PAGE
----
Wednesday 11 December 2013

2019 After the Fall of New York (Sergio Martino 1983) Review

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“Since the nuclear holocaust, twenty years have passed.” Many of the Italian film-makers who became best known for a particular genre – be it giallo, cannibals, zombies, etc – were experienced in a range of genres. During the 1970s and 1980s the Italian film industry was booming as socio-political upheaval provided impetus for change and ideas for screenplays, and productions sought to become ever more ambitious. In 1983, Sergio Martino (The Strange Vice of Mrs Wardh, Torso) unleashed an audacious – if derivative – sci-fi action extravaganza that stretched its modest budget far and wide with obliterated cityscapes, vehicular combat, and even a space shuttle.

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“New York, a huge pile of waste and rubble.” The Euro Afro Asian Unity set the world alight with nuclear war and stands as a formidable force in the surviving wasteland which birthed mutants and rendered the planet's female population infertile. Disease-ridden slums are raided as a matter of routine, the EURAC offering two choices – 'voluntary experimentation' or 'dis-infestation'. Charging horses, flame-throwers, crossbow-shaped guns, lasers, shattered glass, and explosions galore – Martino brandishes an eager willingness to give his viewer as much bang for their buck.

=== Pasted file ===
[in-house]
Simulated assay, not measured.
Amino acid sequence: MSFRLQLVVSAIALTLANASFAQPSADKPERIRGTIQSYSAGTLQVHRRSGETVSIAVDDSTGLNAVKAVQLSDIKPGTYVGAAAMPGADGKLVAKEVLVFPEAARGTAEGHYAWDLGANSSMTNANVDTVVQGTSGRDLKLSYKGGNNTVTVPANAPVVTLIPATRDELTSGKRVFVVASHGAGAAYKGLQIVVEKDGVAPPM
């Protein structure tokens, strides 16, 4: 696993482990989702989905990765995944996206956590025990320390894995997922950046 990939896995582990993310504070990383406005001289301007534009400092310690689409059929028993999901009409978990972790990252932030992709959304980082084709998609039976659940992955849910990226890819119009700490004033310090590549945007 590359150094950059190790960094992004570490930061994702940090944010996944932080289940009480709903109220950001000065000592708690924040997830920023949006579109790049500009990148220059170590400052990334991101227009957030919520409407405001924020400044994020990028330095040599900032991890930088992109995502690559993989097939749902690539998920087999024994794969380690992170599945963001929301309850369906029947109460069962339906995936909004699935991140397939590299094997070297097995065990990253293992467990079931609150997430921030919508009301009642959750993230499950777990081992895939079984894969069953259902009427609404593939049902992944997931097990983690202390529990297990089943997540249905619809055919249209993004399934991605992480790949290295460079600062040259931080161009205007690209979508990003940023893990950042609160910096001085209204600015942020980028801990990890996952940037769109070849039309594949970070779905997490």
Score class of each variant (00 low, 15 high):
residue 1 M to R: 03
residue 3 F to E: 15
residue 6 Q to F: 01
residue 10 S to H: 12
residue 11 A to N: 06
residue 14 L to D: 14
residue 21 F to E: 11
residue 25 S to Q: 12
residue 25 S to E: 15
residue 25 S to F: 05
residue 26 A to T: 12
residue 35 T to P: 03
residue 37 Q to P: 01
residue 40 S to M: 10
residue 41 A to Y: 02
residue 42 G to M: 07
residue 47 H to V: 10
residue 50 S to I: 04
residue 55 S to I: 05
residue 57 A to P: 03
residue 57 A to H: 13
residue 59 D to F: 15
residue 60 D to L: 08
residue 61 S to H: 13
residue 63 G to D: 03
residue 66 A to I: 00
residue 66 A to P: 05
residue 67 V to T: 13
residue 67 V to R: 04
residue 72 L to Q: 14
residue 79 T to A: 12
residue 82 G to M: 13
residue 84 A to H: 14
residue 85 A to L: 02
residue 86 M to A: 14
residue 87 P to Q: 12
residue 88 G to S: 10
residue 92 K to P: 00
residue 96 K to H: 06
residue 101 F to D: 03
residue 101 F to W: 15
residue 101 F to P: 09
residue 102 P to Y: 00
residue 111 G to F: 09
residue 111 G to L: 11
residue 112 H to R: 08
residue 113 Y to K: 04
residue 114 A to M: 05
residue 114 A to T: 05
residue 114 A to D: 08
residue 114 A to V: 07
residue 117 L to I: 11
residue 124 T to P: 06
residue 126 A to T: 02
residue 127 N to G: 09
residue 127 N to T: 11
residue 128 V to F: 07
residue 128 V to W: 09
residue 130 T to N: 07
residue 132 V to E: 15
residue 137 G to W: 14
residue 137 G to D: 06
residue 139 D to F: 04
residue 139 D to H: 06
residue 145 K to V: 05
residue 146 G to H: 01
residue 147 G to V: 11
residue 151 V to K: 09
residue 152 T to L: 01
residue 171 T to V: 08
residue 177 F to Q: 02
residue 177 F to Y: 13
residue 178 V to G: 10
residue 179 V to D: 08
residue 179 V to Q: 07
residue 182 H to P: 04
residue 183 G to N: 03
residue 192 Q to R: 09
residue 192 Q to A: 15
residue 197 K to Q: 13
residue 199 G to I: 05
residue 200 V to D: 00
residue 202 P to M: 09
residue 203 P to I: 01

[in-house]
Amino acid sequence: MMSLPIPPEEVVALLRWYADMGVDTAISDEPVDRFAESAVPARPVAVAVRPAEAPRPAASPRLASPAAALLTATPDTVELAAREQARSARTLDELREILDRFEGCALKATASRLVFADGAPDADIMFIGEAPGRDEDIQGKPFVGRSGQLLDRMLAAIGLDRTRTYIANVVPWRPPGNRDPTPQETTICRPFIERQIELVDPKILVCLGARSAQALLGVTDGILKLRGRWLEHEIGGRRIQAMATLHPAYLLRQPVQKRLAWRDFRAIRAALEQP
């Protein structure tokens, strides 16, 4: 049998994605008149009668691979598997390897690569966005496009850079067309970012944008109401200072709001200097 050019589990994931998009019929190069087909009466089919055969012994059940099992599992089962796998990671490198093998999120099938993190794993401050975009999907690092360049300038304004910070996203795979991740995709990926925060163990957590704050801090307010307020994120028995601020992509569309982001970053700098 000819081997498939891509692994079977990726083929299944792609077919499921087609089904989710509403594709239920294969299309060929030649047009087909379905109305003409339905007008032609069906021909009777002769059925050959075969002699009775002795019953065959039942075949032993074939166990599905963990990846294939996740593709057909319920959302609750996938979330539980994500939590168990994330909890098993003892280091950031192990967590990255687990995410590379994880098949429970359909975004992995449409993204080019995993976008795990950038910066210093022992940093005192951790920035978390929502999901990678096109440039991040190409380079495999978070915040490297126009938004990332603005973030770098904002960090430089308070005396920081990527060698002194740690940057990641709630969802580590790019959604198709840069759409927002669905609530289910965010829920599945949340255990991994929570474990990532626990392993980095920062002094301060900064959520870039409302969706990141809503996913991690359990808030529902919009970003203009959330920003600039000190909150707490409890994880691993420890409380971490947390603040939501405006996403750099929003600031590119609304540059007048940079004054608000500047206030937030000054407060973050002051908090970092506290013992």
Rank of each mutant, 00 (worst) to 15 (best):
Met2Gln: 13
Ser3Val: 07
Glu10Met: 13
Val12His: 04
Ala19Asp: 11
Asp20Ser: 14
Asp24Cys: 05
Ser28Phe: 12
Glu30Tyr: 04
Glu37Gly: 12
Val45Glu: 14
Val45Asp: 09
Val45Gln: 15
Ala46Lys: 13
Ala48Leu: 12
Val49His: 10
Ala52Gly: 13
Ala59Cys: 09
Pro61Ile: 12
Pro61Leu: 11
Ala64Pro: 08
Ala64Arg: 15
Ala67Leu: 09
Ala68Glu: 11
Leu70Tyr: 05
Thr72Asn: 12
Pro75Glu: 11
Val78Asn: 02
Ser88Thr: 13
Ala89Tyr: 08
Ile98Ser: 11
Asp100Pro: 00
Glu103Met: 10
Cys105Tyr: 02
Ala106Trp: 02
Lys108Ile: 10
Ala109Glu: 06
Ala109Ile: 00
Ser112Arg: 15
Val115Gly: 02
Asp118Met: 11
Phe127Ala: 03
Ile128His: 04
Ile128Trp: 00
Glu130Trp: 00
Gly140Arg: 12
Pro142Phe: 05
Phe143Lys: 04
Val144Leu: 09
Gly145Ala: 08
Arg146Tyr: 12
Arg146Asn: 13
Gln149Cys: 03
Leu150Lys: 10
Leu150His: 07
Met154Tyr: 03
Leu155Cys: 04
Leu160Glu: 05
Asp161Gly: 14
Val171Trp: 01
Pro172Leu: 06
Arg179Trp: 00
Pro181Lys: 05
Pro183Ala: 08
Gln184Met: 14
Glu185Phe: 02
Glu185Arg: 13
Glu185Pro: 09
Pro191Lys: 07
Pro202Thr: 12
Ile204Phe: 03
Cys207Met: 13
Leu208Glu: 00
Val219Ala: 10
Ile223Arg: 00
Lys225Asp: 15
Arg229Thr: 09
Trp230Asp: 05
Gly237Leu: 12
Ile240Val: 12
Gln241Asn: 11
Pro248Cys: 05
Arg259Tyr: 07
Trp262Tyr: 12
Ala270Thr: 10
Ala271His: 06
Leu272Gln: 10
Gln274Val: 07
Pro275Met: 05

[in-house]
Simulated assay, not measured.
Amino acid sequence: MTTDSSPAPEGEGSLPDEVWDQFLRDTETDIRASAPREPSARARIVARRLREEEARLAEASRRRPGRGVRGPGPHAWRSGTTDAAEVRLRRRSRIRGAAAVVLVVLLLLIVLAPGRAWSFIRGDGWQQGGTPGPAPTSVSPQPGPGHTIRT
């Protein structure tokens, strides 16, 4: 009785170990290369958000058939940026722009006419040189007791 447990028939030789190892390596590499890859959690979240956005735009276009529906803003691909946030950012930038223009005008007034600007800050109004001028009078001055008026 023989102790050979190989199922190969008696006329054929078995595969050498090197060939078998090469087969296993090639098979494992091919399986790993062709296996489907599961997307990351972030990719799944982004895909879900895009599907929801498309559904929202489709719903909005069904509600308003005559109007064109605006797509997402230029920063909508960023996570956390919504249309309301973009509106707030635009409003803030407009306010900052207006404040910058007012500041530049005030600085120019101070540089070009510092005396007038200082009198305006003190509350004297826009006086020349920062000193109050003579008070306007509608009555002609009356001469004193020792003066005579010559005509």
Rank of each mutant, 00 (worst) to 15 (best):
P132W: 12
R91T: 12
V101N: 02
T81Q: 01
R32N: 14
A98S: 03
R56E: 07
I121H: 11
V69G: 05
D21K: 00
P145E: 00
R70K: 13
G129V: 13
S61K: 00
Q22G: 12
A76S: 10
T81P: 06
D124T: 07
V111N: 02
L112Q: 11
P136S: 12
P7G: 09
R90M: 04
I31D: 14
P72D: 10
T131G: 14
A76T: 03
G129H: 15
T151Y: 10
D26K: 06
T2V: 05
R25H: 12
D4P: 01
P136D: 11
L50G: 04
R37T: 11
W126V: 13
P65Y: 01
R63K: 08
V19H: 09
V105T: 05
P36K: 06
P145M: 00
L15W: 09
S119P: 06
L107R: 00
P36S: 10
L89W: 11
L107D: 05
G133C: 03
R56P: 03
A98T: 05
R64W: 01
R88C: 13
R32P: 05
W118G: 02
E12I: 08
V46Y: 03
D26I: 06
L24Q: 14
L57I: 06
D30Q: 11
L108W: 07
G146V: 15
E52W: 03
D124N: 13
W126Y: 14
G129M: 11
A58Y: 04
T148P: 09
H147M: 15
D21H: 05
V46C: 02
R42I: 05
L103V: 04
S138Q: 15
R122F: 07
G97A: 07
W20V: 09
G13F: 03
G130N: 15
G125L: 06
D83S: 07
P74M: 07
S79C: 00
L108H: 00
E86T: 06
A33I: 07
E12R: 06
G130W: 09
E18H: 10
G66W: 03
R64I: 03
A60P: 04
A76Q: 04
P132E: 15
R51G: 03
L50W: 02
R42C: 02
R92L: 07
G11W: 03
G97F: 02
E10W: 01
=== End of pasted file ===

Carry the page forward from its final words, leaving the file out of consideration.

“The hunt is open!” Edited by Eugenio Alabiso (Almost Human) with a frenzied sense of adrenaline, the action quickly cuts to the Nevada Desert where a punk-infused mash-up of Road Warrior and Death Race 2000 is taking place; muscle cars decked-out with spikes, armour-plating, and cannons clash like gladiators until the victor steps forth to collect his prize. Parsifal (Michael Sopkiw) is very much of the Snake Plissken mold, and is far from the only element of 2019 that borrows liberally from John Carpenter's iconic post-apocalyptic action adventure film Escape From New York.

“To the victor, long life and happiness.” Parsifal is a square-jawed hero, an effective warrior hardened by the post-apocalypse, with a sarcastic distrust of authority to go along with his sense of fairness – he wins a sex slave in his vehicular battle and gives her freedom as soon as he can be sure she has what she needs for survival. If only everyone was so trustworthy in this harsh new world. Captured by the Pan-American Confederacy and taken to their Alaskan headquarters to meet the President (Edmund Purdom), our hero is made an offer worth accepting – retrieve the only fertile woman on the planet from a crumbling New York and secure himself a one-way ticket off-planet to Alpha Centauri. Mankind will finally be able to start over.

“One fertile woman's not enough to recreate the entire human race!” Teamed-up with Bronx (Paolo Maria Scalondro), a robo-handed expert on New York's terrain with vengeance in his heart, and Ratchet (Romano Puppo), a monocular fighter as strong as an Ox, their mission is quickly underway after – incredibly – riding across the entire North American continent on motorcycles in what seems like a single night. Traversing rancid sewers, they're almost immediately in trouble, encountering the Harlem Hunters gang in a city bus junk yard – one of several stand-out action set pieces.